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Alpana Sharma

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Strict LiabilityAlpana sharma

Contents

• Introduction of the Strict Liability & importance of it in current scenario

• Facts of the case

• Issue involved in the case

• Evolution of the Strict Liability in India through this case

• Judgment of the case

• Difference between the Strict Liability in India with respect to the principle of it evolved in the Rylands v. Fletcher

• Conclusion

Introduction of the Strict Liability & importance of it in current scenario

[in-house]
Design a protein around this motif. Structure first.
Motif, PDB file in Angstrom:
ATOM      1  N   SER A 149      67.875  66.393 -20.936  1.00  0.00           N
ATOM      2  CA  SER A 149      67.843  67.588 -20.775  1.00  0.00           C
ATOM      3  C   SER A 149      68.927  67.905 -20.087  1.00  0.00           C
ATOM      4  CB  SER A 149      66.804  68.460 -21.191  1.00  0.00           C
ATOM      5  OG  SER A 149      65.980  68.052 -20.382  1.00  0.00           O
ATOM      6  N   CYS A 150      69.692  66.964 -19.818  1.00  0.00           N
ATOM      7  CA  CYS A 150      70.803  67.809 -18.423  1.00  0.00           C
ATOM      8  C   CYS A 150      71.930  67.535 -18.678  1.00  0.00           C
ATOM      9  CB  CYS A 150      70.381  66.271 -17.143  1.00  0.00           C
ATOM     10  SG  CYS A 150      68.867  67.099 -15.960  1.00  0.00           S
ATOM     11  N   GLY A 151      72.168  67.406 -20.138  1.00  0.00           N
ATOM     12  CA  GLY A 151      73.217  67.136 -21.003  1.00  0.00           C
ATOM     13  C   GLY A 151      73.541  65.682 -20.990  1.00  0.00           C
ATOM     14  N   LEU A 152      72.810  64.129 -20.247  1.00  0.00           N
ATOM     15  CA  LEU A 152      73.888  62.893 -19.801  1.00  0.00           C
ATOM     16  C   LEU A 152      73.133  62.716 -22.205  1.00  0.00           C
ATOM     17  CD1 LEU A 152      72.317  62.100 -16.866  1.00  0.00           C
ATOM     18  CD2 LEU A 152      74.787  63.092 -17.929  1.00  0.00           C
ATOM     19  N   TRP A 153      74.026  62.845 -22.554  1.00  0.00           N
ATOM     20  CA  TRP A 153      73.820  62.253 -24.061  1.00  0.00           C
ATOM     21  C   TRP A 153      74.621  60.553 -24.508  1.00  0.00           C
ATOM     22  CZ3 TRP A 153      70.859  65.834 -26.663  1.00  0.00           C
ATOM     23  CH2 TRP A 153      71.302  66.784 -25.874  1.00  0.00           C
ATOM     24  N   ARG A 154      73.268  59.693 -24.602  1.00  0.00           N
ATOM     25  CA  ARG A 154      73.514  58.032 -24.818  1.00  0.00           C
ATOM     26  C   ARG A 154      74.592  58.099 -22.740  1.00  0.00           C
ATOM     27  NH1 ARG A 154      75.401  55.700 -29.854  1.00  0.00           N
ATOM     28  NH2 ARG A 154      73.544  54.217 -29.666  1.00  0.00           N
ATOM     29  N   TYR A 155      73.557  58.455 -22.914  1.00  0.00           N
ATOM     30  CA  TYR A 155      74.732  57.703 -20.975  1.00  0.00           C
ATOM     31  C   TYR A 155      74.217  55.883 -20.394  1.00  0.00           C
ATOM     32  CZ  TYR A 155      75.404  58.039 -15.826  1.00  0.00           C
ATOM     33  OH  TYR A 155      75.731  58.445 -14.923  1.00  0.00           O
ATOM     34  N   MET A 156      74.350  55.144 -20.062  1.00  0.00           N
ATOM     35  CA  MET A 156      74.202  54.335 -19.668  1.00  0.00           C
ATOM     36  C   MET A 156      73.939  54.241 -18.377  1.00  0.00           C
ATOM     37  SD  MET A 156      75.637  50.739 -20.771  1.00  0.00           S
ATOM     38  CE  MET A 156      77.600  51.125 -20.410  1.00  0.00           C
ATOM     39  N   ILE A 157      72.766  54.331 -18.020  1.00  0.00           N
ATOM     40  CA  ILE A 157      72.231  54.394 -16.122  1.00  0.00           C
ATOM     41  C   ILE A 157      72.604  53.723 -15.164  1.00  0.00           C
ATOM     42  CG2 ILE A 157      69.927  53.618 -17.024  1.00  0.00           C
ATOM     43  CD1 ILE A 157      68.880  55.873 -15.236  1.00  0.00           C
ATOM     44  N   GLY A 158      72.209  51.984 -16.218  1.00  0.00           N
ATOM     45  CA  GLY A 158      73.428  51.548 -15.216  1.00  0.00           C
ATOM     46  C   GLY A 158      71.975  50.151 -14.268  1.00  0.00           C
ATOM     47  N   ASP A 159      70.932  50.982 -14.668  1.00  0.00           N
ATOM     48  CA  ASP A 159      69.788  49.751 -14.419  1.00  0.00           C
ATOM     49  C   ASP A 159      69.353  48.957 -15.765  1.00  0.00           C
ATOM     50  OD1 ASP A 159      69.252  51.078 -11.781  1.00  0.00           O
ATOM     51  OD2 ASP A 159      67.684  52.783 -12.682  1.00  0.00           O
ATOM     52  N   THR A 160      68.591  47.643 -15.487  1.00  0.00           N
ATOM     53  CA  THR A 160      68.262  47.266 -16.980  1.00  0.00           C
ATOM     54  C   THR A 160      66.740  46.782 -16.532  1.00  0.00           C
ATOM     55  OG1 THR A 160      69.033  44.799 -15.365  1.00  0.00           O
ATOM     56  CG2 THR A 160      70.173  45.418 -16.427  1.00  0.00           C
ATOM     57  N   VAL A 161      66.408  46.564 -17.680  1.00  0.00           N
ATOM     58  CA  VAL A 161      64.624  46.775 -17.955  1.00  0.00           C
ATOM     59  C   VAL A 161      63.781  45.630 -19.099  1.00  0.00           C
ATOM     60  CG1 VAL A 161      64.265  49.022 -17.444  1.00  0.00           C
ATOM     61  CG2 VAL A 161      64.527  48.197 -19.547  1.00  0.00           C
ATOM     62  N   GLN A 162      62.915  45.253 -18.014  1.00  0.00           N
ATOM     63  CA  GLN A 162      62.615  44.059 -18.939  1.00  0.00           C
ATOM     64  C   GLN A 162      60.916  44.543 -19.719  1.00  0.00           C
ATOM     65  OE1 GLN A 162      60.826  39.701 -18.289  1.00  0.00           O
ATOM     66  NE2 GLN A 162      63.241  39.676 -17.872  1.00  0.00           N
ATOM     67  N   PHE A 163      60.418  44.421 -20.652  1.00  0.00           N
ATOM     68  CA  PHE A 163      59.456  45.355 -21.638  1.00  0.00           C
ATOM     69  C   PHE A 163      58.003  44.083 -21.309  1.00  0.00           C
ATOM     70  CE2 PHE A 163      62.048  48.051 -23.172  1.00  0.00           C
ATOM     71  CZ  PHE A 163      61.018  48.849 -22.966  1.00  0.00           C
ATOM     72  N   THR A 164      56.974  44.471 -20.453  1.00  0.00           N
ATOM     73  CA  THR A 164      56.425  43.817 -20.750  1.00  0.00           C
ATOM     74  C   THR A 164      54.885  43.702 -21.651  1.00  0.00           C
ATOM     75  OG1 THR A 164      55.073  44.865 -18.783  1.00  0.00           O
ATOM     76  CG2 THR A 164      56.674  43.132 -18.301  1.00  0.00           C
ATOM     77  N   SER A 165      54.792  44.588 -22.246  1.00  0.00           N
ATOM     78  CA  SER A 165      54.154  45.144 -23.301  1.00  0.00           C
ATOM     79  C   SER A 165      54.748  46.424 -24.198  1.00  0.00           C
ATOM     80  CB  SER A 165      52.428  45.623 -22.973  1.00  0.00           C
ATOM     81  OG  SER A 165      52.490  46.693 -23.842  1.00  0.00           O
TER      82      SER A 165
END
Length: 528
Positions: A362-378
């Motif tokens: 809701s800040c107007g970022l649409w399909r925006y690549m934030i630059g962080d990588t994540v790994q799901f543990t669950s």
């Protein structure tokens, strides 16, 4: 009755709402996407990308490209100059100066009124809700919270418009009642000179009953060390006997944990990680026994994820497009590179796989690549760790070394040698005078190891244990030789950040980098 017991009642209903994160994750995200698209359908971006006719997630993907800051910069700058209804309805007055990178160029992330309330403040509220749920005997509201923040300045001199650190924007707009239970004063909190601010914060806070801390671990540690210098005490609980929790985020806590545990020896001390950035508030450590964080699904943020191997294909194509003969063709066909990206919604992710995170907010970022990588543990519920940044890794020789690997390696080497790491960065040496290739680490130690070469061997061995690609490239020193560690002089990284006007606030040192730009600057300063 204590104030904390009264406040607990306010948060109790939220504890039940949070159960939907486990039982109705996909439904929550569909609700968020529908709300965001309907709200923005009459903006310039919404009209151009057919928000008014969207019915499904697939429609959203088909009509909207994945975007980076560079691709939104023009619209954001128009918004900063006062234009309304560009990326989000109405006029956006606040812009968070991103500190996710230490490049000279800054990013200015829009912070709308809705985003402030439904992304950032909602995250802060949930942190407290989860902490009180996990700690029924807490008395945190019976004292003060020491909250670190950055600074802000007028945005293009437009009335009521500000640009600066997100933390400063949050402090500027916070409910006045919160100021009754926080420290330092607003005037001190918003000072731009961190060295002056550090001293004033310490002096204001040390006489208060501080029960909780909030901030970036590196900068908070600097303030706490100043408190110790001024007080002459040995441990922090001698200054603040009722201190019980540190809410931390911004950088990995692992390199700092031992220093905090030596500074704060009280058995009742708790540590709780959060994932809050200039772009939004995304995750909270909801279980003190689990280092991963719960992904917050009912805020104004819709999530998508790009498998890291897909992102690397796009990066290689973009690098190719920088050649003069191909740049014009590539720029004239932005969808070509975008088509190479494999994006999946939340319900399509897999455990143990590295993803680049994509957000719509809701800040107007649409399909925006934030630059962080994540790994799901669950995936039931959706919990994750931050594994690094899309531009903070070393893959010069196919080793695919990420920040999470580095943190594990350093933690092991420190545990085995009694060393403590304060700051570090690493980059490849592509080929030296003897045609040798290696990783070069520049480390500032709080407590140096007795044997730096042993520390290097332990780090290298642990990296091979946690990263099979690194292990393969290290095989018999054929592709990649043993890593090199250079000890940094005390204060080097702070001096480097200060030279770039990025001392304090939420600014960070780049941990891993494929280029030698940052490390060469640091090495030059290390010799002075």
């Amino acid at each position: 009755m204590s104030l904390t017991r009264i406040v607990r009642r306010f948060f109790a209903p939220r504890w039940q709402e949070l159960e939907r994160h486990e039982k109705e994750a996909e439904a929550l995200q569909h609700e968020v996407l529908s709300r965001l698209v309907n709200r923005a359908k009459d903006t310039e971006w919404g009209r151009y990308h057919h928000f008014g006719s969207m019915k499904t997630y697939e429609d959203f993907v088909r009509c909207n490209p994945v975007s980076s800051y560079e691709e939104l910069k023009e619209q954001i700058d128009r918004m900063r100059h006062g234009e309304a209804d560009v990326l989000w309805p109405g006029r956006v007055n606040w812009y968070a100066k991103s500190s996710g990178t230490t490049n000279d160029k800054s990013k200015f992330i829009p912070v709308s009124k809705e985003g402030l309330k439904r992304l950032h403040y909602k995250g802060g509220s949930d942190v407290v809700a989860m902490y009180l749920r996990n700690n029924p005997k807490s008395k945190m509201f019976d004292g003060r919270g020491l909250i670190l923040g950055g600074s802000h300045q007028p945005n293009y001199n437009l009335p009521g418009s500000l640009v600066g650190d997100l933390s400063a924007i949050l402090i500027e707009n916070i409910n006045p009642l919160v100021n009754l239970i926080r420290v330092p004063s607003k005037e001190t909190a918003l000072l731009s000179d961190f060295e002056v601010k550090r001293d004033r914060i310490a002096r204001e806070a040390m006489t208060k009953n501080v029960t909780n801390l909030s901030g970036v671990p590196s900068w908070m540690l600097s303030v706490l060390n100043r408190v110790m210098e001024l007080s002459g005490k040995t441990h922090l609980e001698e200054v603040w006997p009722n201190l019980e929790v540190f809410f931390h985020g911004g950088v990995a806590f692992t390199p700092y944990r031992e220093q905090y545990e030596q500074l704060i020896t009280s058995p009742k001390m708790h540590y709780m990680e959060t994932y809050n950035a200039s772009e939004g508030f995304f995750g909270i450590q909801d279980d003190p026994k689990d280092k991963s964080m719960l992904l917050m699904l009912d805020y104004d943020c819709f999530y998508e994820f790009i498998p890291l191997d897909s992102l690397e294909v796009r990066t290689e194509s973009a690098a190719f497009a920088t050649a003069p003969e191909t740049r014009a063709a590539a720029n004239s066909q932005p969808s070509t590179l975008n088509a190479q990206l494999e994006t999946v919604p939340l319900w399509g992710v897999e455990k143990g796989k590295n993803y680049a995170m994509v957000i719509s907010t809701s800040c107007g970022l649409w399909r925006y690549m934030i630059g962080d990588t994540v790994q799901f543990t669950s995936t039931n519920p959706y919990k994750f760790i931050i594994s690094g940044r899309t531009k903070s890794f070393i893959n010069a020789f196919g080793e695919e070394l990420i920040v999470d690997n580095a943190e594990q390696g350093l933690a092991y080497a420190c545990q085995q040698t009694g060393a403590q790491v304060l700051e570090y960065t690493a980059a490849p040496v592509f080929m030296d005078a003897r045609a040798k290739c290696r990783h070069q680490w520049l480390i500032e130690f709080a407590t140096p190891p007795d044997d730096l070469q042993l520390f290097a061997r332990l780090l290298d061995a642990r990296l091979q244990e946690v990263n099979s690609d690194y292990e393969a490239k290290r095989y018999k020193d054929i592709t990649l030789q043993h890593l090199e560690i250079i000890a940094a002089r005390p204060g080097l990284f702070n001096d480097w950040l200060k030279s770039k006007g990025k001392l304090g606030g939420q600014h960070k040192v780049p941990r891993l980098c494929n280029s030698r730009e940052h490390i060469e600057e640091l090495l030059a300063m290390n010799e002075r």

Strict Liability is the liability in which the wrongdoer is liable to the acts for which he is not responsible. The need for it was felt in the 19th century, to improve working and safety standards in factories. The doctrine of Strict Liability has formed its foundation in the England’s case Rylands vs. Fletcher in which : The defendant, owned a mill, where he constructed a reservoir to supply water to the mill. This reservoir was constructed over old coal mines, and the mill owner had no reason to suspect that these old diggings led to an operating colliery. The water in the reservoir ran down the old shafts and flooded the colliery. Blackburn J. held the mill owner to be liable, on the principle that “The person who for his own purposes brings on his land and collects and keeps there anything likely to do mischief if it escapes, must keep it in at his peril, and if he does not do so, is prima facie answerable for all the damage which is the natural consequence of its escape”. On appeal this principle of liability without fault was affirmed by the House of Lords but restricted to non- natural users vide. Thus, corporations that handle water, electricity, oil, noxious fumes, colliery spoil and poisonous vegetation are covered by this doctrine. Negligence of the victims is no excuse. The doctrine also operates as a loss-distribution mechanism: The person indulging in such hazardous activities (usually a corporation) being in the best position to spread the loss through insurance and higher prices of its products. However, later decisions in England diluted the principle by introducing several exceptions. The Shriram judgment categorically said that such exceptions would not be applicable in India. The present verdict further emphasises this point and expands its scope.